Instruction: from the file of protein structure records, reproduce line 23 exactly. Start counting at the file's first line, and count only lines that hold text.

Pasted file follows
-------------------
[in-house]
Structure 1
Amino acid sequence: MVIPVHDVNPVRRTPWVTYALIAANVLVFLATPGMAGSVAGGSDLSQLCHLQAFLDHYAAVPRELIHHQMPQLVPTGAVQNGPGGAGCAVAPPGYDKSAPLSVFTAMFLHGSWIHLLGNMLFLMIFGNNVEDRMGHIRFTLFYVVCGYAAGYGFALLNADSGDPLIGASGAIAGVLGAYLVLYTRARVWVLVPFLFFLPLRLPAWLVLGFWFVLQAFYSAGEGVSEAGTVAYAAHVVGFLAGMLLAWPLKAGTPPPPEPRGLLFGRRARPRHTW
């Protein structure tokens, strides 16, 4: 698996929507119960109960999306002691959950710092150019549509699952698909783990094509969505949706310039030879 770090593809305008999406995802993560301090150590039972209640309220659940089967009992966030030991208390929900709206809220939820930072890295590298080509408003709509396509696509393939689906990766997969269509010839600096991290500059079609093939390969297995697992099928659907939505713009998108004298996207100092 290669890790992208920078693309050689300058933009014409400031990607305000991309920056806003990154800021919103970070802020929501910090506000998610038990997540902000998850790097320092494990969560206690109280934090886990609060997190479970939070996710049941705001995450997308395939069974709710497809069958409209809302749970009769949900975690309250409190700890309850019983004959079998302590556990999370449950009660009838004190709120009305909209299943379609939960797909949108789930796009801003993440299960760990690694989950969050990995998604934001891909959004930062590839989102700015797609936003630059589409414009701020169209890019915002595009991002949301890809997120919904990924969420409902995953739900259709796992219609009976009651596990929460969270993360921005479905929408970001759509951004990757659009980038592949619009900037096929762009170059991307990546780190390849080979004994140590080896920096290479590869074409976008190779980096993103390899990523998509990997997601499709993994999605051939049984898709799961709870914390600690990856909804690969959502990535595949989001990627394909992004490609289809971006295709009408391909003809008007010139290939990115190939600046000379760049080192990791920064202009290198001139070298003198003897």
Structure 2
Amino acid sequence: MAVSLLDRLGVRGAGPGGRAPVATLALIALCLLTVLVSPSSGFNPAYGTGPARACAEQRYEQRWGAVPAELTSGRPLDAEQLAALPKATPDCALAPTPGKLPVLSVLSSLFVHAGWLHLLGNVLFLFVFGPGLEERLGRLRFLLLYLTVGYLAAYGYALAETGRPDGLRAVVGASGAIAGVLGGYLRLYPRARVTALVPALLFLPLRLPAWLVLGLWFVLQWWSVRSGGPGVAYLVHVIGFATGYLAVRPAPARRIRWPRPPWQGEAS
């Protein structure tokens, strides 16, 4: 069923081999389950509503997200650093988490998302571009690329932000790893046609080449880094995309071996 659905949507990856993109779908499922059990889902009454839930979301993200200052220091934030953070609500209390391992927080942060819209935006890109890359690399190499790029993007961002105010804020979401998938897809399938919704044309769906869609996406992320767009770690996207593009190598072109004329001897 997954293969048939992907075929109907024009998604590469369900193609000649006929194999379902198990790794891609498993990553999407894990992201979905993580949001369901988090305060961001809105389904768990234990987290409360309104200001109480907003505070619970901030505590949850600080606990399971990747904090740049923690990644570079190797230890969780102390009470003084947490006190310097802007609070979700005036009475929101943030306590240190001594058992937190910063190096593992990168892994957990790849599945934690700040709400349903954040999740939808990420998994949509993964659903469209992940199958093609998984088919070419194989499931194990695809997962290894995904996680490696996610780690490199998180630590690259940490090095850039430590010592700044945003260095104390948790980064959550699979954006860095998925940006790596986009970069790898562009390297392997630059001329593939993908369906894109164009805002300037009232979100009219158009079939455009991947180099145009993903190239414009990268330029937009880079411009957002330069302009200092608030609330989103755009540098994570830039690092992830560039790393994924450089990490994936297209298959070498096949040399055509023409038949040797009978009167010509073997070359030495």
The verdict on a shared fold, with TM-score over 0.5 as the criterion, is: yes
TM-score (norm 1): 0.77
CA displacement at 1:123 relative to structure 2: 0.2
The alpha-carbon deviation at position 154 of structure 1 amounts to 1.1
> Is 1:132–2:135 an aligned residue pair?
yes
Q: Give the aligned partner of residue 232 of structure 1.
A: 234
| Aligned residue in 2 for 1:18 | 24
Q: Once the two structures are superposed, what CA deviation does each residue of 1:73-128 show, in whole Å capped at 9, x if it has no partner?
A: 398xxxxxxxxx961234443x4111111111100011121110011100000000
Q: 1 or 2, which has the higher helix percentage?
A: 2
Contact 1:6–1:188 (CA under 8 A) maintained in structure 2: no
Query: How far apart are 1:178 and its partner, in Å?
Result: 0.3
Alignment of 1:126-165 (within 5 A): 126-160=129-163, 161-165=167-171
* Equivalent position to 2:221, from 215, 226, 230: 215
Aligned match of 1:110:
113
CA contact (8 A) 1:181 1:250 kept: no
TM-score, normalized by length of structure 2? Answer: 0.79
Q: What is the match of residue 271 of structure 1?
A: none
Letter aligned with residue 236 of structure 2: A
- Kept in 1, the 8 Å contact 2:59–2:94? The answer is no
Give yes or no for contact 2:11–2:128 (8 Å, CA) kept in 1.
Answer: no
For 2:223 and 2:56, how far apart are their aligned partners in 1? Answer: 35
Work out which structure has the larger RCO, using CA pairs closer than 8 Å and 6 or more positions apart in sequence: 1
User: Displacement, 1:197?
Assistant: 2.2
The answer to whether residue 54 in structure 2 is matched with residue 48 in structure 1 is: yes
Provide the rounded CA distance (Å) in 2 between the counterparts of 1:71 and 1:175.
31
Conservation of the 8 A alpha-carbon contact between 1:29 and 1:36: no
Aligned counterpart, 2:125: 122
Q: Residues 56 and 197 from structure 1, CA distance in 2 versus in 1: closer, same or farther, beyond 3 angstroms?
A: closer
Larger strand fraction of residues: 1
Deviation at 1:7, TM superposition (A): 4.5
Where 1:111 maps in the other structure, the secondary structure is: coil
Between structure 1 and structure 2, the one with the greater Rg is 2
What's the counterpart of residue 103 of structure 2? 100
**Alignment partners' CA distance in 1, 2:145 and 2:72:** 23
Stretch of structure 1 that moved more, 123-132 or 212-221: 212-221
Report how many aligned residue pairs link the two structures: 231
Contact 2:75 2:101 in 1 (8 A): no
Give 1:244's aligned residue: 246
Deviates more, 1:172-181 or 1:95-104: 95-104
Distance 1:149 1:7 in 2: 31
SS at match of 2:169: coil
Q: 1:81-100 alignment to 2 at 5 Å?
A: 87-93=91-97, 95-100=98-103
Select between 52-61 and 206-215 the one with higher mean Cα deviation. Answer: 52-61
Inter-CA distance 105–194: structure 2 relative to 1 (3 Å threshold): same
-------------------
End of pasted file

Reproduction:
Result: 0.3